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How Will OSU Use Talyn Shettron in 2022? Look at James Washington and Tylan Wallace

Looking at past freshmen receiving studs and applying that to Shettron.



[Devin Wilber/PFB]

STILLWATER — Talyn Shettron is the highest-ranked receiver prospect the Cowboys have signed since Dez Bryant.

And the Cowboys have had some darn good receivers since then — guys like Justin Blackmon, James Washington and Tylan Wallace. Shettron was the No. 126 player in the 2022 recruiting class and after enrolling in Stillwater last spring, he is in the midst of his first fall camp as a college player.

Listed at 6-foot-2, 195 pounds, Shettron is in a position group with some returning firepower. OSU had a four-receiver recruiting class in 2021 that should be better in 2022 after getting thrown into the action early. But it’s hard to imagine a player of Shettron’s caliber won’t find his way onto the field this upcoming season. How would it look? Mike Gundy said this when referencing how much last season’s freshmen wideouts had to play.

“What I like to do is what we did with James Washington, where he comes in and plays eight, 10, 12 plays a game,” Gundy said. “And then we bring him along, and toward the end of his freshman year, we started playing him more, but he had gone through August, September, October. We started to get into November, and he started playing 25, 30, 40 plays a game, but we brought him to that level. We just didn’t throw him out there and put him in a difficult situation. That’s really a progression that I’m more comfortable with.”

So, let’s take a look at how OSU used Washington as a freshman. Wallace had a similar upbringing, so let’s look at how they did it with him, too.

Starting with Washington, here is how much he was used as a freshman (snap counts via Pro Football Focus):

Opponent Snaps Played Total Snaps Percentage
Florida State 13 71 18.3%
Missouri State 29 74 39.2%
UTSA 36 83 43.4%
Texas Tech 43 79 54.4%
Iowa State 47 86 54.7%
Kansas 37 71 52.1%
TCU 41 64 64.1%
West Virginia 67 80 83.8%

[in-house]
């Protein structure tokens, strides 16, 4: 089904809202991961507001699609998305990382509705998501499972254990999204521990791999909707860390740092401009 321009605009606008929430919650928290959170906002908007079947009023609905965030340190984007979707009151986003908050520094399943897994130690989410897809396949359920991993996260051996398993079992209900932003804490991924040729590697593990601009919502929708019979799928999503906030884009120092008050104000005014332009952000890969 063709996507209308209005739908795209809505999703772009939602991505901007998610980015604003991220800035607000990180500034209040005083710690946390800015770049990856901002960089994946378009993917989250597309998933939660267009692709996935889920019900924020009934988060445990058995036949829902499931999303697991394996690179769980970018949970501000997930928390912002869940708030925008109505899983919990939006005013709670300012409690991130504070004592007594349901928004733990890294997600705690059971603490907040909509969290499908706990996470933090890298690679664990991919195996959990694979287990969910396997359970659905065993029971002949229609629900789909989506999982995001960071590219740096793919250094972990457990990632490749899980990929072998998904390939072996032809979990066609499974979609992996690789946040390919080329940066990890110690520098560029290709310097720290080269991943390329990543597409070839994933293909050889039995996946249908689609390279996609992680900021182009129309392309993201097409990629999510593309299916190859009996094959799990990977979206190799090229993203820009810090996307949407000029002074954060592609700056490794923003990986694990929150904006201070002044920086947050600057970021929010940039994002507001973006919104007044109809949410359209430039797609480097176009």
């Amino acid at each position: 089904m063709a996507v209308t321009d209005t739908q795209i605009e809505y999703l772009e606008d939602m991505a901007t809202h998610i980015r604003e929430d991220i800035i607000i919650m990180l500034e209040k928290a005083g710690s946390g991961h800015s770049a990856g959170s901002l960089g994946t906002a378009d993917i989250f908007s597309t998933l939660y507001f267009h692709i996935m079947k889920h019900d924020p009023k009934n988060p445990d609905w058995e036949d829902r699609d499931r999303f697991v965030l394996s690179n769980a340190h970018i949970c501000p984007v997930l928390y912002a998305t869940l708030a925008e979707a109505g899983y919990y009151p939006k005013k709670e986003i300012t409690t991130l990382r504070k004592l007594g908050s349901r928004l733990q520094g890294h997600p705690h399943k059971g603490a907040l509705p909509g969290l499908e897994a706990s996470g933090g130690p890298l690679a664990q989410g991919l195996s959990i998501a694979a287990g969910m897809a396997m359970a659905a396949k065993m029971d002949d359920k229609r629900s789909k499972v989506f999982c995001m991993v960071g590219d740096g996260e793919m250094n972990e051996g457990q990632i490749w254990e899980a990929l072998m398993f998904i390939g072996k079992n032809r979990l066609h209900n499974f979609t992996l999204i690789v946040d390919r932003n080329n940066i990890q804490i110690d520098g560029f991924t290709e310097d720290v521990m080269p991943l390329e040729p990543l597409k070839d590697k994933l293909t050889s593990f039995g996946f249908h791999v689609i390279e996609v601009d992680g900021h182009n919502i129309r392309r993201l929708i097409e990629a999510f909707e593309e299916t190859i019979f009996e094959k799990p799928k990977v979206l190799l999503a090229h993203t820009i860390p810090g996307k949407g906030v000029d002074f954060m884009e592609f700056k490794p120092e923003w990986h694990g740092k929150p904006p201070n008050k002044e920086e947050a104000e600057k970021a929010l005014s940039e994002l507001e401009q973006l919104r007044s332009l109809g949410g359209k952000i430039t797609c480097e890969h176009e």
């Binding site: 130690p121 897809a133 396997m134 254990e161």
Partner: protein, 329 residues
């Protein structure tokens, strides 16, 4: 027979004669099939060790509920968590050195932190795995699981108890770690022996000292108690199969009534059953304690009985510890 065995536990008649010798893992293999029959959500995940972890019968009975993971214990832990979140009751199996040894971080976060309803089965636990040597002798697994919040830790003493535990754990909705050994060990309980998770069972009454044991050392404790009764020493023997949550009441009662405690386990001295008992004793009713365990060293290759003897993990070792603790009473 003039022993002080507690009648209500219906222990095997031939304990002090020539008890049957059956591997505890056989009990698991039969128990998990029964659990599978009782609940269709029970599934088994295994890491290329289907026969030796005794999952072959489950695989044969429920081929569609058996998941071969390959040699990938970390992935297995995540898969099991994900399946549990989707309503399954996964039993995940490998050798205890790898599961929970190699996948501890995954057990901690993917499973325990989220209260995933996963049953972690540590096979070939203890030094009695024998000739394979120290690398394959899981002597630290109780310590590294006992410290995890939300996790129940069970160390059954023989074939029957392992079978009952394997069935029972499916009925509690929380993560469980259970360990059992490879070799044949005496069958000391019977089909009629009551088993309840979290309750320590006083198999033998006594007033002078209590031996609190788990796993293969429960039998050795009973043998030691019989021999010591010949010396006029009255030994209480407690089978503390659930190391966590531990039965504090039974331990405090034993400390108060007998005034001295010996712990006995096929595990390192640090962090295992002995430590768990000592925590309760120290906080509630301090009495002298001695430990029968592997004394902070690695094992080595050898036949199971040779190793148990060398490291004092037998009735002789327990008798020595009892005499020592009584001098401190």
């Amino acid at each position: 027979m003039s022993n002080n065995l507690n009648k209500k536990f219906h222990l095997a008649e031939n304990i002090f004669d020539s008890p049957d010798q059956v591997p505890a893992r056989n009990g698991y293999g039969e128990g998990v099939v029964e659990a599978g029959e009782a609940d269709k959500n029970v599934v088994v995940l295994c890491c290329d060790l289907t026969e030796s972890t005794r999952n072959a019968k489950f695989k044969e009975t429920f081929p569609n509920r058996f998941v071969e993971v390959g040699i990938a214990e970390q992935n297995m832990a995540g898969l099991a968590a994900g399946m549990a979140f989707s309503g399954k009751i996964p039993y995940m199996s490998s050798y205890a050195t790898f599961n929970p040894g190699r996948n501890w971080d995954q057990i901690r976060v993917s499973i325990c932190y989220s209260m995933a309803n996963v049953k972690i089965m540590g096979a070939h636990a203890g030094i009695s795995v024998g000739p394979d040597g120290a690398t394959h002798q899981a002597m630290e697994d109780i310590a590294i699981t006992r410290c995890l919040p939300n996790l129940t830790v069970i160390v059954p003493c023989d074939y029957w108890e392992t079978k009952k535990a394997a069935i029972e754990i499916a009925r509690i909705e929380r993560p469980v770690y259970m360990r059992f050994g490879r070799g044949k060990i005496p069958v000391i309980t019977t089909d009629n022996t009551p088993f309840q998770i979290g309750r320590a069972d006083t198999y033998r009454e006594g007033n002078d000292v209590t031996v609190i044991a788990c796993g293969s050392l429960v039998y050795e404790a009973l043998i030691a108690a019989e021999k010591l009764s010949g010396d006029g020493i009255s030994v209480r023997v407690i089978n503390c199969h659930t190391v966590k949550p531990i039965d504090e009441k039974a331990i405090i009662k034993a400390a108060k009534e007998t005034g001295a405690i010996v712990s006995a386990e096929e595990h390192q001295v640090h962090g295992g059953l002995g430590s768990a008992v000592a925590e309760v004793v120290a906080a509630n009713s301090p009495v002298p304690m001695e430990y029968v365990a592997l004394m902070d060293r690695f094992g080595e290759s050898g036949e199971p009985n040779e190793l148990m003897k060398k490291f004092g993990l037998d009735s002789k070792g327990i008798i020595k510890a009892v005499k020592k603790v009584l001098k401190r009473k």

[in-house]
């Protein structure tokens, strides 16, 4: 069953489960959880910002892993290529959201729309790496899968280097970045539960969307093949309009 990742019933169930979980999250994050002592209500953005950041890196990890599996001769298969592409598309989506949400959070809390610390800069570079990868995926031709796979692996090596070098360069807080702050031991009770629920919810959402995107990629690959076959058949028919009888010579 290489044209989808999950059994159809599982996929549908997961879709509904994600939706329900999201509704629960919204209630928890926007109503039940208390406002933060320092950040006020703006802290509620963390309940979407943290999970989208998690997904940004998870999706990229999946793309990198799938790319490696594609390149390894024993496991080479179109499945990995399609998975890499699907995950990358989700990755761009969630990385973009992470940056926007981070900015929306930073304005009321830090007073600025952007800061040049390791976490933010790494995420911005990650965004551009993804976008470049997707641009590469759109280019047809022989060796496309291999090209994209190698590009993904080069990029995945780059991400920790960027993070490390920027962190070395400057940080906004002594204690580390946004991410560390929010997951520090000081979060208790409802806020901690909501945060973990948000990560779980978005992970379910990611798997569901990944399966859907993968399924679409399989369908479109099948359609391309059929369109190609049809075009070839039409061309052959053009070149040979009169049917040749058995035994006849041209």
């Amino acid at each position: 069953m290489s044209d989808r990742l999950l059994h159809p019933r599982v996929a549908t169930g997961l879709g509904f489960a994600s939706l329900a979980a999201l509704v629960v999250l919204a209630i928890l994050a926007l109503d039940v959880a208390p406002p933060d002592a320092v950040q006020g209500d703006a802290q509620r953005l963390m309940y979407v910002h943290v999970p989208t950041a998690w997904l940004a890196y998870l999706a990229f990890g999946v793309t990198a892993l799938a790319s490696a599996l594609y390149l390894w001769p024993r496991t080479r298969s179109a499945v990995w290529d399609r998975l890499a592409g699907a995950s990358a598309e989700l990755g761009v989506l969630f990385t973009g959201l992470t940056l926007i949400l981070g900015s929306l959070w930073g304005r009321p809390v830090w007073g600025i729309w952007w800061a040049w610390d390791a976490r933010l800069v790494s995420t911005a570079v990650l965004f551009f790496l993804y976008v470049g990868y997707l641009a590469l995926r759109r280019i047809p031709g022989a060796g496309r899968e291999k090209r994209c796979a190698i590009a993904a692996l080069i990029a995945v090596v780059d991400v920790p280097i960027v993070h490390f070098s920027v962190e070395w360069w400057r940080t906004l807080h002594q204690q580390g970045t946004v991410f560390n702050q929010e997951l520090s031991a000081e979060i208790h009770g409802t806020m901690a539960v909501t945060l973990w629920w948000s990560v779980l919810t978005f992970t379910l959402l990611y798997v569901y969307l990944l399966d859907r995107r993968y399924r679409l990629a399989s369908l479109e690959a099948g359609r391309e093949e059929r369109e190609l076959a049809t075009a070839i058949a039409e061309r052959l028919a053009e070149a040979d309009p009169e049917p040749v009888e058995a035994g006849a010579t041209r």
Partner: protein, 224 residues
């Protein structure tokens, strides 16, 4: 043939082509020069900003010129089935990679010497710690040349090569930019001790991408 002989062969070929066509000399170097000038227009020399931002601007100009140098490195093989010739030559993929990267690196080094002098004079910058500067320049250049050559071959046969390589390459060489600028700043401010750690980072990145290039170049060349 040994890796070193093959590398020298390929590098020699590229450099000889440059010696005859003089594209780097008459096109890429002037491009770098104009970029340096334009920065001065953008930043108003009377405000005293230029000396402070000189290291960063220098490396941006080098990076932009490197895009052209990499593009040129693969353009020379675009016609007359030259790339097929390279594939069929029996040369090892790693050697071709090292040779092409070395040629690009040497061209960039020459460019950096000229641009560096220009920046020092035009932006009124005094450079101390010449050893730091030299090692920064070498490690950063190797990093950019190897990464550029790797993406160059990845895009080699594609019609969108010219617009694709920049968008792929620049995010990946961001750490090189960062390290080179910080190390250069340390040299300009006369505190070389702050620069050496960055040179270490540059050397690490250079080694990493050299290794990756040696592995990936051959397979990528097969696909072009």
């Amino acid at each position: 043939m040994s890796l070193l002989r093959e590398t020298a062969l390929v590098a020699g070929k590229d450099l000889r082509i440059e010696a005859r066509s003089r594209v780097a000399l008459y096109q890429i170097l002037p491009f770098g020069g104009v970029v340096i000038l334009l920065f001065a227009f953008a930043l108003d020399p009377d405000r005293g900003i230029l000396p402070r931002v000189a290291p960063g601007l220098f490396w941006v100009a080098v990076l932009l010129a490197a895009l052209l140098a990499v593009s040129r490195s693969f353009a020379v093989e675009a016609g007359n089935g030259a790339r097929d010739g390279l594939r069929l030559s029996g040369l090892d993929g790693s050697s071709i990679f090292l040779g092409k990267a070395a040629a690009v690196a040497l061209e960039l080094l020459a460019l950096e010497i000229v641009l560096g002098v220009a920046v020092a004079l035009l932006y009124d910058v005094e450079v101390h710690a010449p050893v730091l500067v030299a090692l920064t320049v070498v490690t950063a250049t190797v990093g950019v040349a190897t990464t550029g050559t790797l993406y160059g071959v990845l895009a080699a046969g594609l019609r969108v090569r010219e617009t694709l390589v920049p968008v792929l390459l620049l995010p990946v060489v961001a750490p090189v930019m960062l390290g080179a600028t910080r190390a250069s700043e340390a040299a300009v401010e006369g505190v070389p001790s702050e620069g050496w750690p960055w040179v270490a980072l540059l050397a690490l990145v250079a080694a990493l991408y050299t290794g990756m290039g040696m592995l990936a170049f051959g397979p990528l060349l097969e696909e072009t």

Kansas State 52 65 80.0%
Texas 46 54 85.2%
Baylor 58 72 80.6%
Oklahoma 54 64 84.4%
Washington 49 79 62.0%
Total 572 942 60.7%

Numbers-wise, it seems Gundy misremembered a bit on Washington’s freshman season (but a lot of that 2014 season was forgettable). Still, the point remains the same. At the beginning of the year, Washington wasn’t on the field for more than 55% of plays, but toward the end of the year, he was regularly out there for 80% of plays.

Then here is a look at Wallace:

Opponent Plays Total Plays Percentage
Tulsa 13 66 19.7%
South Alabama 14 81 17.3%
Pittsburgh 26 76 34.2%
TCU 4 76 5.3%
Texas Tech 4 84 4.8%
Baylor 23 73 31.5%
Texas 5 91 5.5%
West Virginia 4 92 4.3%
Oklahoma 0 94 0.0%
Iowa State 10 73 13.7%
Kansas State 3 89 3.4%
Kansas 8 90 8.9%
Virginia Tech 1 65 1.5%
Total 115 1050 11.0%

Each circumstance is obviously unique. Washington probably got to play more because OSU was in a rebuilding mode in 2014. The team wasn’t good by OSU’s standards, going 7-6. So, it made sense for OSU to build for the future with a guy like Washington.

Then for Wallace, that 2017 team was contending for a Big 12 title, and Wallace was behind arguably the best wide receiver room in program history with Washington, Marcell Ateman, Chris Lacy, Tyron Johnson, Dillon Stoner and Jalen McCleskey. So, it’d make sense that Wallace wouldn’t play as much as Washington got to in 2014.

So, how can we take what we’ve learned from Washington and Wallace and apply it to Shettron? Well, the Cowboys are supposed to be good in 2022, a similar situation to 2017. However, I think it’s safe to say that the wide receiver room isn’t as strong as that 2017 one was (if it is, sheesh). So, Shettron would likely come out somewhere in the middle.

Between 115 snaps and 572 snaps seems like a cop-out answer. The middle of that comes to about 344 plays. If my math holds up (it rarely does), that feels like a pretty good sweet spot for the Cowboys’ highly touted pass catcher.

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